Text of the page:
Monday, June 27, 2022

Recession? Not in manufacturing, not in the job market

Even with all of the blaring of INFLATION and RECESSION fears, we saw on Monday that there’s strong demand for durable goods continues in America.
New orders for U.S.-made capital goods and shipments increased solidly in May, pointing to sustained strength in business spending on equipment in the second quarter, but rising interest rates and tighter financial conditions could slow momentum.

Orders for non-defense capital goods excluding aircraft, a closely watched proxy for business spending plans, rose 0.5% last month. These so-called core capital goods orders gained 0.3% in April. Economists polled by Reuters had forecast core capital goods orders would climb 0.3%.

Those orders were up 10.2% on a year-on-year basis in May. Last month's increase reflected a 1.1% rise in machinery orders. There was also strong demand for primary metals as well as computers and electronic products. But orders for electrical equipment, appliances and components fell 0.9%, while demand for fabricated metal products was unchanged.

The better-than-expected increase in core capital goods orders underscored underlying strength in manufacturing, which accounts for 12% of the economy, despite weak factory surveys. A survey from S&P Global last week showed business confidence dove in June to the lowest level since September 2020.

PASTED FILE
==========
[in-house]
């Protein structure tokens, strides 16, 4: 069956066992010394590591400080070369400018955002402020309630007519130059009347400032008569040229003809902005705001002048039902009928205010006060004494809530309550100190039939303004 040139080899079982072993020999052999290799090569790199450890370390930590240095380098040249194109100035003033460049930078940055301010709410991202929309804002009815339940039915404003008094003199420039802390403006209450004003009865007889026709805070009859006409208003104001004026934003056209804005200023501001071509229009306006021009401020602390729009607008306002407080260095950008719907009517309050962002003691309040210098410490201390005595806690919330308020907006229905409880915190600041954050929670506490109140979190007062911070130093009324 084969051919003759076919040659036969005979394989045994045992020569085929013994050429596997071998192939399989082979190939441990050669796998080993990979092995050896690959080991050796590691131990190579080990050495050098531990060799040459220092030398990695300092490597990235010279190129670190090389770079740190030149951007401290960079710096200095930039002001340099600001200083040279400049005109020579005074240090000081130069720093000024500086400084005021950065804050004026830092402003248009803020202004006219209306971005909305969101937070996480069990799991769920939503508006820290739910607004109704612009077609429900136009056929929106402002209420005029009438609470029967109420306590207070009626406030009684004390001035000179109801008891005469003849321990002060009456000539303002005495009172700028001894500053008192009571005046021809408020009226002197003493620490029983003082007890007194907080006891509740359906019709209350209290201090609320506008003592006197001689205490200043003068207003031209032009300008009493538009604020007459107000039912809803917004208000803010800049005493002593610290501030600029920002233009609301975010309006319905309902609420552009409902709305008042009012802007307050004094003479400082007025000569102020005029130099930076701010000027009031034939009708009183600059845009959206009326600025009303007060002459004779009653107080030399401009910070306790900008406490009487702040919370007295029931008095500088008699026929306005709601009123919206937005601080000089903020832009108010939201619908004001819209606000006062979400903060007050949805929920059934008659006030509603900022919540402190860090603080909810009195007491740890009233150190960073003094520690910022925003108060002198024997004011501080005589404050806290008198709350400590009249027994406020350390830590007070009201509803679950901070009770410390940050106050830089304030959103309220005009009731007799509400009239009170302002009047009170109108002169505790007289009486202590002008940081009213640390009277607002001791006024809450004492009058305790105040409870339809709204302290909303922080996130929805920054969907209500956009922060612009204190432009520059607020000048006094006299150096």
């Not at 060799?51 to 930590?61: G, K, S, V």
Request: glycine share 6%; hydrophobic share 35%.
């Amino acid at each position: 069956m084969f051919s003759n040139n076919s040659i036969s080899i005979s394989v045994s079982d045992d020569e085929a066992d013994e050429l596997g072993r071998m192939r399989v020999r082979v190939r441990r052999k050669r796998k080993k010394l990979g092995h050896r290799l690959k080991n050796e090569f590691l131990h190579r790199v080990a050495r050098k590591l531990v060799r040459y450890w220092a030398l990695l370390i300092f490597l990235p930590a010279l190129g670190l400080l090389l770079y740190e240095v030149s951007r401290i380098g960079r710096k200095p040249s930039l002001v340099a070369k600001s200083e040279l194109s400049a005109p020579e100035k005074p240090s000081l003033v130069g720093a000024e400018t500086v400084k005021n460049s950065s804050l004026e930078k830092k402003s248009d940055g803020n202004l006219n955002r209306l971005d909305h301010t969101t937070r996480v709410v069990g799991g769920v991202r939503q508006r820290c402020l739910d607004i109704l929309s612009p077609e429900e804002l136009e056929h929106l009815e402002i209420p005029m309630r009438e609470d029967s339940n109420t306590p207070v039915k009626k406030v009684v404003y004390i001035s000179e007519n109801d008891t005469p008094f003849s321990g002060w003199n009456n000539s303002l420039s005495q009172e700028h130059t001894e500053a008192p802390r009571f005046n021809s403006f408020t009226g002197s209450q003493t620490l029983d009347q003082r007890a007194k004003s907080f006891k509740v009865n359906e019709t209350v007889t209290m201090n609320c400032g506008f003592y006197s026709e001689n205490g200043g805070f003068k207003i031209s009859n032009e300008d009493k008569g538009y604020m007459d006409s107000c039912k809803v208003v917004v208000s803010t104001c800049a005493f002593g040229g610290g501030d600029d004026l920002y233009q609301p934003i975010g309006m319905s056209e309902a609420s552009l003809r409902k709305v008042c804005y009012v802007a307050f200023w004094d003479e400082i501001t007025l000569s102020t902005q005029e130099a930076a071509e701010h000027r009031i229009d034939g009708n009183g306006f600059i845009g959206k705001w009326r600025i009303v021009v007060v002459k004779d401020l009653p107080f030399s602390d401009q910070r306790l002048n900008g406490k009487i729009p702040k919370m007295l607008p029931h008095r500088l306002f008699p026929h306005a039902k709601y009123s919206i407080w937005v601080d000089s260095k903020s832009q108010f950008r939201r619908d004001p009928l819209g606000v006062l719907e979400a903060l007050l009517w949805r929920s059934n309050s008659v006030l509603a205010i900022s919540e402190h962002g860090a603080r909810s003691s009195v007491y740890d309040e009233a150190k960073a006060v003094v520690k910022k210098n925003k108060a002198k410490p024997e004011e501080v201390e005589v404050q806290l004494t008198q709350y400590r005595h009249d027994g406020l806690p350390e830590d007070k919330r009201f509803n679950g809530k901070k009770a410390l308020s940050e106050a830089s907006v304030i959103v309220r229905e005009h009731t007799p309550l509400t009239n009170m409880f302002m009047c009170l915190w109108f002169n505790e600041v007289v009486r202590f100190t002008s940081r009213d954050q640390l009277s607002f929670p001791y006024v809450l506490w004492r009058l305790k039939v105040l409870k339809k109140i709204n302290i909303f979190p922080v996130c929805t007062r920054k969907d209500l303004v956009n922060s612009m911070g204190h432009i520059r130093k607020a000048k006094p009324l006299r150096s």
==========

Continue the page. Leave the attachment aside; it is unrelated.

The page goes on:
That 10.2% increase over the last year is still above the rate of inflation in the same time period, and it is similar to a divide that we've been seeing with US consumers, where sentiment is at the lowest levels in more than a decade, but actual spending and activity continues at high levels.

This survey adds more evidence to my belief that all of this recession talk is overblown, at least as of now. Jobless claims are still very low, with job gains still expected in this Friday’s report for June. And AAA is predicting that this weekend’s 4th of July travel will get back near 2019’s record levels, with more Americans choosing to drive for that travel than ever.

UW's Menzie Chinn put up this recently-updated list of economic indicators, and while it's not the torrid growth we were seeing this time last year, it is still growing in many key areas.

And now we’re starting to see gas prices level off and start declining in the last week (I saw rates as low as $4.24 this weekend). Yes, they are still quite high, but it’s something that will level off inflation numbers, and let’s see if that changes some of the gloomy mentality that has overhung Wall Street in much of Q2 2022.

Sure, inflation is still a concern and it is still disrupting businesses and consumers. It's no fun. But let's not pretend that it's 1980 with double-digit price hikes and 8% inflation. We are nowhere close to that, and the economic data continues to show that much of the economy is chugging along.

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